Greetings from Taiwan! It took a layover in LA, then a 14 hour flight, followed by a 45 minute drive to our new apartment, and about an hour wait for our friends to bring us our apartment keys, but we are here!
Our new apartment building was just constructed in the last few years and is a grandiose sky rise in the scrappy outskirts of Taiwan. The lobby is a showy display of marble, chandeliers, and elegant French-inspired furniture. There is a swimming pool, a second pool feed by natural hot springs, a nudie pool, a small gym, free bike rentals, and a roof garden/patio area that I know I’m going to love. Chris and I are living on the 28th floor and have a beautiful flat that is fortunately less ostentatious than the lobby.
The apartment is small by most standards but large by city standards. It is amazing how innovative and flexible the design of the space is. Everything is multipurpose and there is storage in every nook and cranny. Chris and I literally fit ALL of our cloths in two drawers.
Because we have a corner flat there are huge windows on two of the four walls. One of the major windows is the exterior bathroom wall. The entire bathroom is glass—from the outside window to the shower to the wall between the bathroom and bedroom. So when standing in the entry, you have a straight shot through the bedroom, through the bathroom, to the river. I think our toilet has the best view in Taiwan. J Although the bedroom is also open to the flat, it can be enclosed with glass screens that can be arranged to provide some privacy from the rest of the space. I love the modern simplicity of our new home because it is designed in a way to create an open, metropolitan experience that takes advantage of the spectacular views.
These are some of the odd-ball impressions that I have noticed about Taiwanese living:
The Taiwanese use Kleenex in place of toilet paper, napkins, and paper towels. Even restaurants have a box of tissues at each table for napkins. I went through about 8 during dinner last night because they practically desinigrate when wet.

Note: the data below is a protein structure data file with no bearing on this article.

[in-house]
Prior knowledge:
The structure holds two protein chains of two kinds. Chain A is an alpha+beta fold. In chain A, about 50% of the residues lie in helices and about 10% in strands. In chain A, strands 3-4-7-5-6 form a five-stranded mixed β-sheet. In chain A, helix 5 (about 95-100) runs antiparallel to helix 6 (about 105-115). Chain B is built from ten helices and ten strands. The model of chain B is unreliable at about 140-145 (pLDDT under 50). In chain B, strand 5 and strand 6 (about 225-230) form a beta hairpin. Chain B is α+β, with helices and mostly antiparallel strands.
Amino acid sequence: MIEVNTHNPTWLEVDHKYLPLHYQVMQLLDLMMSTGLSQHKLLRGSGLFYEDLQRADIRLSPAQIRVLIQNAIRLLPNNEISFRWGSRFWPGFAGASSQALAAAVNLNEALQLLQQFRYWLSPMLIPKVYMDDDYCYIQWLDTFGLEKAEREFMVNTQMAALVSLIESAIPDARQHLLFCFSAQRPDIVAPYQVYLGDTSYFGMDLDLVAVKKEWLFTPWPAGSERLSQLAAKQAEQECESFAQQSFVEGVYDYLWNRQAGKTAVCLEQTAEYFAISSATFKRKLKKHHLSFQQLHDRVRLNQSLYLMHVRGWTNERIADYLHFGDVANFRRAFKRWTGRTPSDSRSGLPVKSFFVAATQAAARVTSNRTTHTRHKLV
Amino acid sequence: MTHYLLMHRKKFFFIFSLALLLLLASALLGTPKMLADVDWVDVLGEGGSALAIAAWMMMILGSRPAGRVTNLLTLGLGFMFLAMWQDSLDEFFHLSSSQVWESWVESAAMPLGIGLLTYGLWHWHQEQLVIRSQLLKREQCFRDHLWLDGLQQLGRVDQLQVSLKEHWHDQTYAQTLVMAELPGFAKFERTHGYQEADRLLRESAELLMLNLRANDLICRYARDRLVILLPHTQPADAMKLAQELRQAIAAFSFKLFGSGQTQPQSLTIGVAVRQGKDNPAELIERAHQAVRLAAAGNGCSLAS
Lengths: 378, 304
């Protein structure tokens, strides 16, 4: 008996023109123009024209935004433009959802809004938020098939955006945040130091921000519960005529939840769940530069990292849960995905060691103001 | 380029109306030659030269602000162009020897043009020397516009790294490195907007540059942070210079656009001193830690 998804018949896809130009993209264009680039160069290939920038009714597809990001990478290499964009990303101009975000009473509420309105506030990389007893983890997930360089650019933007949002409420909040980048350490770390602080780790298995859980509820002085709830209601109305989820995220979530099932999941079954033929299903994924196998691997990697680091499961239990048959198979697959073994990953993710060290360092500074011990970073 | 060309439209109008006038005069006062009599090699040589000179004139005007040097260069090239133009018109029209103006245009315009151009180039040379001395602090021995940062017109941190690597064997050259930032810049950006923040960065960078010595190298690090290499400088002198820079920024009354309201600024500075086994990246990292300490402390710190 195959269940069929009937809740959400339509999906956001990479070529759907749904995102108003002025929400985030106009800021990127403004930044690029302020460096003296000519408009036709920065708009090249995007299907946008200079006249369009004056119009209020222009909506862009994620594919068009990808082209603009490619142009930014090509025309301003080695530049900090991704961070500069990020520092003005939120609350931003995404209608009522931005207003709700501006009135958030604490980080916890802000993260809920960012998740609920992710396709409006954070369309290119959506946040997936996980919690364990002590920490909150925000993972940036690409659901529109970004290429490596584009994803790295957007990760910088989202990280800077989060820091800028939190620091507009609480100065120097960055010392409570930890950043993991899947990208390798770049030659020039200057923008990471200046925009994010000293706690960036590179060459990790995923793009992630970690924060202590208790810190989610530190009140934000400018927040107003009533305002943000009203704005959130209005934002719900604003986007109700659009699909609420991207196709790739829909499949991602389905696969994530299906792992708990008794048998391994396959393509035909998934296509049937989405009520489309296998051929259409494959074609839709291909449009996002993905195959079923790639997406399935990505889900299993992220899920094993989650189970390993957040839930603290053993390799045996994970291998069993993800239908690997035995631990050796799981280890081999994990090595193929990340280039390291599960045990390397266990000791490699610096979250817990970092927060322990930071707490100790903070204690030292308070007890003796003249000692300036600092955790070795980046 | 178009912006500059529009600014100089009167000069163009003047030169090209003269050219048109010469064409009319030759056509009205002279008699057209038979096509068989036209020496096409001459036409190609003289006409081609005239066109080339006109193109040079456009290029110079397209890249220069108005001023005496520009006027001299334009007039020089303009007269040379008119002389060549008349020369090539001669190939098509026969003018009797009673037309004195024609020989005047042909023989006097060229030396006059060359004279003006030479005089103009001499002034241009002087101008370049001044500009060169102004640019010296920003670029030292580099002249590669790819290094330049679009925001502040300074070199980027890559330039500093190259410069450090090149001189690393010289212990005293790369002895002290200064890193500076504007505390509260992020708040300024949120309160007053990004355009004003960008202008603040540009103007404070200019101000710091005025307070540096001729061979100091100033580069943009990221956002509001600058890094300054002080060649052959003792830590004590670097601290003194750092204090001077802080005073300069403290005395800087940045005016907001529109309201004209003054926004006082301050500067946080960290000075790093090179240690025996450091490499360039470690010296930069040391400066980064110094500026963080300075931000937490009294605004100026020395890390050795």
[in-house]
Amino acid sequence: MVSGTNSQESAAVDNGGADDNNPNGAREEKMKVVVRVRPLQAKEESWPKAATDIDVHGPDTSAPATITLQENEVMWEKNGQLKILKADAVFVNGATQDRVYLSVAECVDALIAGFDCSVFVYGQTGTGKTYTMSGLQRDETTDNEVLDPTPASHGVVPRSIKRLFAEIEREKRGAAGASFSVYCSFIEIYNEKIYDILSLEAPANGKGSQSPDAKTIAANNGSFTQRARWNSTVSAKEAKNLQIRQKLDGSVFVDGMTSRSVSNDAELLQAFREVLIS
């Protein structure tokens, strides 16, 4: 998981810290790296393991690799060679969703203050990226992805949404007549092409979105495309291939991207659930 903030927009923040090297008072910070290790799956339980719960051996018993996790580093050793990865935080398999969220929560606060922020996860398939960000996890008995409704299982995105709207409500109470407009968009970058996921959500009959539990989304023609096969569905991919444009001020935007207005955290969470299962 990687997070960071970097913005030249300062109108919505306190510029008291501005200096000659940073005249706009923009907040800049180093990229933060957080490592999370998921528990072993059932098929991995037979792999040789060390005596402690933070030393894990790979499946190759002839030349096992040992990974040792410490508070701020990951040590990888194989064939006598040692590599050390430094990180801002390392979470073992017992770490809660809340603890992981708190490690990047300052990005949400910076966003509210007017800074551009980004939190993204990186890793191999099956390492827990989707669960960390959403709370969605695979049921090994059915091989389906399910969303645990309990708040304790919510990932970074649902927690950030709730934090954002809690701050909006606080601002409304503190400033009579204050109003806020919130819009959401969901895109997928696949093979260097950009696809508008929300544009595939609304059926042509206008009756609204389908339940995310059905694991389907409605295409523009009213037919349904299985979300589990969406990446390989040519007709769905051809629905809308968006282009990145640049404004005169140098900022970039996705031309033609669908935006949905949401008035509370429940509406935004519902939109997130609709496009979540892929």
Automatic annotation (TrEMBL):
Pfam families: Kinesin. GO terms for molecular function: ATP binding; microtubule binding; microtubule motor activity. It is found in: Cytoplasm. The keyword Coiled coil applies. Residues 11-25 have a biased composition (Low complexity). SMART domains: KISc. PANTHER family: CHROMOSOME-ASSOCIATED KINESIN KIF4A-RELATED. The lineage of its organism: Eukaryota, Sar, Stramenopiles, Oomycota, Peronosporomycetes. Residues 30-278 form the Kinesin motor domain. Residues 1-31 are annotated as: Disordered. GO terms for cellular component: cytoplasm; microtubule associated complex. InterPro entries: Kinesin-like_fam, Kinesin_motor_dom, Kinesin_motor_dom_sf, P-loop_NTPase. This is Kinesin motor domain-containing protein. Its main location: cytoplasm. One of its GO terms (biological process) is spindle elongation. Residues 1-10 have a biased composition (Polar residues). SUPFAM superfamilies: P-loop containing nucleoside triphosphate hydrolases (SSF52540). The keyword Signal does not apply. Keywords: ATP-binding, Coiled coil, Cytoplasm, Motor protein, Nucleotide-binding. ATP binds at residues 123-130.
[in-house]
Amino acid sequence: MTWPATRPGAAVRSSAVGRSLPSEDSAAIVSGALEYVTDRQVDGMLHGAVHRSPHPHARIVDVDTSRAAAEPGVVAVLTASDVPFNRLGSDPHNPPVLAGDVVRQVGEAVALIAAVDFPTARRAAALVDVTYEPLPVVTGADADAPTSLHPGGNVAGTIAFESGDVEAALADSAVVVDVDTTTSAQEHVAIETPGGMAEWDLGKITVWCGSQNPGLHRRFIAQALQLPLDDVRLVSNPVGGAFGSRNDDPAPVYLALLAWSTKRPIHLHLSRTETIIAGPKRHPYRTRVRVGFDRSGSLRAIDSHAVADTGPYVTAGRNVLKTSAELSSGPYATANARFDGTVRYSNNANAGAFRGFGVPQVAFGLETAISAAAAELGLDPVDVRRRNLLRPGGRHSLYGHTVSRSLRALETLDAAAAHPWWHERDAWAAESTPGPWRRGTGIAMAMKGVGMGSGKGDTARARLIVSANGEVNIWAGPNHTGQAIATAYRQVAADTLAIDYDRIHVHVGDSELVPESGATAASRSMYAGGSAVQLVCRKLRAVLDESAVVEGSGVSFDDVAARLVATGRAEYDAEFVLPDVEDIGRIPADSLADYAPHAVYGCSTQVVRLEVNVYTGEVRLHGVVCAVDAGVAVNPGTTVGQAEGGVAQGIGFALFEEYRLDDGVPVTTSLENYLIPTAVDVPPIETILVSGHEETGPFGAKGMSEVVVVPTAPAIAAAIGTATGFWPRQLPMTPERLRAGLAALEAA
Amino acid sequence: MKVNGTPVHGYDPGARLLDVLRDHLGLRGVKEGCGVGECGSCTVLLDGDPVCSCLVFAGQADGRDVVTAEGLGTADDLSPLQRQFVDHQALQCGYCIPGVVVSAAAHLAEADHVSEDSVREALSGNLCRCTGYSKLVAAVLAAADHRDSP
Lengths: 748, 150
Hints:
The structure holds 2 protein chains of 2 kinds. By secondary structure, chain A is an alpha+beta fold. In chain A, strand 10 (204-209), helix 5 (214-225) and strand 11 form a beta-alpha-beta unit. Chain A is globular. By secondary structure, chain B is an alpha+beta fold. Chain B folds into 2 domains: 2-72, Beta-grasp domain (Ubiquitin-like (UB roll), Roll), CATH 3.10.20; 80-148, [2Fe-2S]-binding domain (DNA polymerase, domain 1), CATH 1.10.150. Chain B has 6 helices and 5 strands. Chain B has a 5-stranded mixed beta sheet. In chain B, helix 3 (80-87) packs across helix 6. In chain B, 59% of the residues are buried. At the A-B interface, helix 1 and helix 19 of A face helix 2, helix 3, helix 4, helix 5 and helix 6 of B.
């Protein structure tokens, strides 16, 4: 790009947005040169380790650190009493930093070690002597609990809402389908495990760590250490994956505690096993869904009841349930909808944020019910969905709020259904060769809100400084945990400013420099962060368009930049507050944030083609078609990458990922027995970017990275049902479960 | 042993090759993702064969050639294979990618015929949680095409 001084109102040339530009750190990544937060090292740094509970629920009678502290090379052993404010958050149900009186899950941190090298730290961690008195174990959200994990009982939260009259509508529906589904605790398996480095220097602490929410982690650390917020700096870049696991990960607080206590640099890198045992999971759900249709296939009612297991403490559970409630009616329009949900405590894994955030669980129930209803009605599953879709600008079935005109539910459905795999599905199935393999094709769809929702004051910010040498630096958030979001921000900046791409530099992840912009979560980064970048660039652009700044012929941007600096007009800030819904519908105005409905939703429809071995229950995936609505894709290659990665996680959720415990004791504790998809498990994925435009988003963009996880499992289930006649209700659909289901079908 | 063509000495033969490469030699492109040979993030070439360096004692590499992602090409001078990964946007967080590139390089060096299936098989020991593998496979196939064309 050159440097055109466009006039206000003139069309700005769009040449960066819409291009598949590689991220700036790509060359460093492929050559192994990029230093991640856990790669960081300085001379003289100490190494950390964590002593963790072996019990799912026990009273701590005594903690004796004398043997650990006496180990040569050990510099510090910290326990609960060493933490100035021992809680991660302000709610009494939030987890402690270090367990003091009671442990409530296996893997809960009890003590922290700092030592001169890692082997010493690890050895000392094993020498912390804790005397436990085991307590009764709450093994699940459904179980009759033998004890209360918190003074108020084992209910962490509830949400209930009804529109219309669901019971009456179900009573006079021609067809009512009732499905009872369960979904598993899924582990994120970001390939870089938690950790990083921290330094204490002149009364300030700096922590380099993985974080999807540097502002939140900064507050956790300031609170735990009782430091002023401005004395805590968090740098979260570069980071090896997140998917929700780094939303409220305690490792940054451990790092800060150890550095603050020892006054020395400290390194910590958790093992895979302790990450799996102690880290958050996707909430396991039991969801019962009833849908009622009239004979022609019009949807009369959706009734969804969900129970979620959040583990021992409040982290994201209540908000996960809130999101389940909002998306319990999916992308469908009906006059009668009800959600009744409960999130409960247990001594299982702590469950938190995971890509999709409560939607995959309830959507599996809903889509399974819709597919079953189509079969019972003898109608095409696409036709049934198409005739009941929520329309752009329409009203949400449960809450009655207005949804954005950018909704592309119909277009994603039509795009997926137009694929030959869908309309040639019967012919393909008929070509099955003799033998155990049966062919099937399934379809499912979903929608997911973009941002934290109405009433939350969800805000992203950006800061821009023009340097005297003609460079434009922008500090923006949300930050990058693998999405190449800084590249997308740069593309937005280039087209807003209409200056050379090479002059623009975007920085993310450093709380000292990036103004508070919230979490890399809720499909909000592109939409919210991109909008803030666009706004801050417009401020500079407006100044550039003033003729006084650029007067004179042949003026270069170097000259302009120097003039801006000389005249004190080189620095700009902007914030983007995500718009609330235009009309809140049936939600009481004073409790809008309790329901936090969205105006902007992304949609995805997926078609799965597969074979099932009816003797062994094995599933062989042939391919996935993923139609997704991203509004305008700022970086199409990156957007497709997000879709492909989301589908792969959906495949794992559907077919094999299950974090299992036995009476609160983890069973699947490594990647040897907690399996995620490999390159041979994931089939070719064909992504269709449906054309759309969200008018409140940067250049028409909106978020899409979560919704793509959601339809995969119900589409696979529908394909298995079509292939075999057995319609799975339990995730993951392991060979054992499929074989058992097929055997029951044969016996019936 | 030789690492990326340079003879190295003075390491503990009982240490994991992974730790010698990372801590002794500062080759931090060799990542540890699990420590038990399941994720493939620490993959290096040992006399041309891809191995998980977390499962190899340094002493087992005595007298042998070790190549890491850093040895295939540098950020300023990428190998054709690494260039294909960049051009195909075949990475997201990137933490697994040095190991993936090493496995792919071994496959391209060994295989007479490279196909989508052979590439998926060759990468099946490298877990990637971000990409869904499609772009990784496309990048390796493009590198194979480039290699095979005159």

The eating utensils, bowls, and plates in our apartment are tiny. You could make a place setting for dolls and it would look totally proportionate. Each plate can hold a roll… and maybe a tooth pick. The cups are the width of a silver dollar, and the serving bowls are the size of a regular American cereal bowl. No wonder American’s are chunky monkeys.
There isn’t an oven in our room. We have a cook top (which we are fortunate to have—most people eat on the street), and a toaster oven.
Taiwan is very strict about disposing of trash. We have to sort recycling by glass, aluminum, etc. and also have a separate trash for any food waste. Failing to separate food can get you a ticket which means we have a really smelly bin of old food outside our window.
There is an oriental shoe cupboard near the front door, because it is extremely disrespectful to leave ones shoes on when entering even their own house. It’s a hard thing for me to remember to do and it requires more tying and untying than I would have thought. It’s kind of a smelly cupboard.
The tap water is bad, so neither visitors nor natives drink it, but I keep forgetting and have probably ingested some nasty parasite.